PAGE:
With all the buzz in LA this week about the Oscar voting – here is my vote— Inglorious Basterds should win Best Picture, and many other accolades for Quentin Tarantino and his brilliant cast. Basterds is the most intriguing movie about WWII and the Holocaust to be made in decades.
Writing about the film this week, a few days before the holiday of Purim, I am drawn to a parallel between Basterds and Purim. In the Purim story, Jewish salvation came not at the hands of politicians and power-brokers, but through a Jewish woman who had hidden her identity from everyone including her husband. In Basterds, it is also a Jewish woman, whose past and Jewish identity a secret, and is being romanced by a Nazi poster-boy, who is the heroine.
Basterds is a film about WWII and the “face of Jewish revenge” portrayed by a band of American Jews scalping Nazi behind enemy lines. There is also the Jewish woman who plots to murder the entire Nazi leadership as revenge for her murdered. None of these things actually happened, Basterds is a fairy tale.
The film is brilliant from every angle. It has drama, humor, romance, and suspense. The plot twists are compelling. The story, the photography, the script, the acting, and the drama all are detailed, textured, nuanced, colorful, and captivating.
I was apprehensive. I had never seen a Tarantino film, and heard there is a lot of violence. While Basterds has some pretty graphic violence, it is a WWII movie after- all. The scalping made everyone cringe. Yet the violence pales in comparison to portrayals of mass murder by Nazi death squads or gas chambers.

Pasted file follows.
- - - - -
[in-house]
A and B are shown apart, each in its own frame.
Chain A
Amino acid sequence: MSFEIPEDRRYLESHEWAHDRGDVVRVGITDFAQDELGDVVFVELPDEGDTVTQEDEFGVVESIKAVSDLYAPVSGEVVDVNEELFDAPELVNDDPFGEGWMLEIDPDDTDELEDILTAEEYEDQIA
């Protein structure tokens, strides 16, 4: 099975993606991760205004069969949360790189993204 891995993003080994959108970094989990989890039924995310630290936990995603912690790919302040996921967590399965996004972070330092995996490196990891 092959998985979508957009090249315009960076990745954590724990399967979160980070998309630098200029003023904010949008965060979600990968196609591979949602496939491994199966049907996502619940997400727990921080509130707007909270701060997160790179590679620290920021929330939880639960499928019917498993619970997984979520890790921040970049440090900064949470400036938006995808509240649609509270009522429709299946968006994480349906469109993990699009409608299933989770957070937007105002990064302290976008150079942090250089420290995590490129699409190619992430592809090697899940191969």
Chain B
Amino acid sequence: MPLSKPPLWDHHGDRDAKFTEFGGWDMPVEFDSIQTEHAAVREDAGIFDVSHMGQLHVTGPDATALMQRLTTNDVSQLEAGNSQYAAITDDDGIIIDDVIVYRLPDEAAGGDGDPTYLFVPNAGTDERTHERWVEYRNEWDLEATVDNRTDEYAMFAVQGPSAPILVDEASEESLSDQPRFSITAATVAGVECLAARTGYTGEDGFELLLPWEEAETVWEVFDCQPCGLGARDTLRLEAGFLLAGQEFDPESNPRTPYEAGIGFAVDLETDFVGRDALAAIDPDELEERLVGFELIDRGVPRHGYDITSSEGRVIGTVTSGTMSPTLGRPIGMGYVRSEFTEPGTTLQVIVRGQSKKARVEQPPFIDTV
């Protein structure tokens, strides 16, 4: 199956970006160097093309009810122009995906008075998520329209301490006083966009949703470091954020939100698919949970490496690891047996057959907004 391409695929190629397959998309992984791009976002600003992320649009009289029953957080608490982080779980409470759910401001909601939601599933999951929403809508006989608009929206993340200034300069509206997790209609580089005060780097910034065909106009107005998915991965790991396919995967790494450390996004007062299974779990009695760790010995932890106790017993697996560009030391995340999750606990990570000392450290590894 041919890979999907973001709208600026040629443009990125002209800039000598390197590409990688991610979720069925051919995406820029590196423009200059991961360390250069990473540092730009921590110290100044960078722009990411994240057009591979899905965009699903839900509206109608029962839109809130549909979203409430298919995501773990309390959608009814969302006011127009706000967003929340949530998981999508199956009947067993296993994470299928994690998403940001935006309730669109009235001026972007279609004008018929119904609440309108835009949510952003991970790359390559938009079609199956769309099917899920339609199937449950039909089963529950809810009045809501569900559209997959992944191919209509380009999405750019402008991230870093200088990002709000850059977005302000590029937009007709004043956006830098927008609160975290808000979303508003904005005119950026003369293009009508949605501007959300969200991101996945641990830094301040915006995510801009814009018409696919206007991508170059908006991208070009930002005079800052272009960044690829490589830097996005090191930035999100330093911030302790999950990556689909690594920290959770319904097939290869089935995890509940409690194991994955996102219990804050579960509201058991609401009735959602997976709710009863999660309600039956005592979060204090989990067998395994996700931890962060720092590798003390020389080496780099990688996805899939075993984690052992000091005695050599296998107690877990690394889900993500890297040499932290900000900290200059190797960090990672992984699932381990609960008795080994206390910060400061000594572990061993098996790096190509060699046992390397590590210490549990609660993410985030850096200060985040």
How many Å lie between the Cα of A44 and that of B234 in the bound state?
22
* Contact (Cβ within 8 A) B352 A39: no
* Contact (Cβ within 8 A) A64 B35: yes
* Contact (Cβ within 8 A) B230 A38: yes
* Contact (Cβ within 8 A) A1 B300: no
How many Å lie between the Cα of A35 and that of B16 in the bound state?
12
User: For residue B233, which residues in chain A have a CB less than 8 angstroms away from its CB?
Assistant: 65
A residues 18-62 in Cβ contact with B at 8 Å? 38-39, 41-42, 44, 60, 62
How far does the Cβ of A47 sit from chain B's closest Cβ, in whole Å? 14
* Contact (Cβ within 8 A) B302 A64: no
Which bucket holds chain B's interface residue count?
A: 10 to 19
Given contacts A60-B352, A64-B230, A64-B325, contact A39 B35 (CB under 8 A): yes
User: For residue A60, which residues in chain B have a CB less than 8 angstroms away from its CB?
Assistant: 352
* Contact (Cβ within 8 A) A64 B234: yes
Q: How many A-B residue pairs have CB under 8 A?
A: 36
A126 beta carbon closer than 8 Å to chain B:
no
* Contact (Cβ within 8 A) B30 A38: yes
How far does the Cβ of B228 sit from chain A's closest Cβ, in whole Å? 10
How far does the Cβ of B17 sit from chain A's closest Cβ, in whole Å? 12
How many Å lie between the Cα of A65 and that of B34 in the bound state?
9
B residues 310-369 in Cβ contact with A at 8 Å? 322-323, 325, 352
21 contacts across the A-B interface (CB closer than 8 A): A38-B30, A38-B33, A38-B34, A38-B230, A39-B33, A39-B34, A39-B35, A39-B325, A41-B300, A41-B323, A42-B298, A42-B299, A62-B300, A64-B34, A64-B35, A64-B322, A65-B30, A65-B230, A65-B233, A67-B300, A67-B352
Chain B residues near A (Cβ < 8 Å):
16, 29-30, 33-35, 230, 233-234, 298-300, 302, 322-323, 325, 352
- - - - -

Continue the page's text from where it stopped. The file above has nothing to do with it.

The Jews are tough in this film. More James Bond than Woody Allen, more Mossad, that Seinfeld. There are no sheep being led to the slaughter. The Nazis are brutal, interesting, grotesque – not unlike the real Nazis. The leader of the Basterds played by Brad Pitt brands Nazis with Swastikas on their foreheads so they cannot escape into regular life afterward. They cannot escape what they have done.
It is clear that Tarantino did a ton of research on his subject matter. He read up on the Nazi film industry, and the war, and real life WWII spy stuff. He digested all the previously exulted WWII movies and hints of them appear in the film
I enjoyed many parts of the film for their poetic justice, suspense, and dialogue – but this one I love to retell.
Winston Churchill, when hearing of the Germans plans to replace Jewish cinema with Nazi cinema, says “You say [Goebbels] wants to take on the Jews at their own game?”
If we cannot laugh we cannot heal. If we cannot dream we cannot move on. Tarantino’s film helps us heal, and move on, but that is not why he made it – he made it because it needed to be made.
If they would have murdered Hitler – millions would have been saved, but it was not the priority of the Allied forces. In fact, the only ones that made a serious attempt at it late in the war were fellow Germans.
The Allies tried to win the war the old-fashioned way, with infantry, tanks, planes and bombs, with propaganda, cloaks, daggers and brute force. I don’t know if this was Tarantino’s goal, but Basterds shows that redemption can come from average people doing extraordinary things. To stop an evil tyrant we cannot depend solely on conventional means, and conventional players, we need to act and hope that we are helped by the hand of God.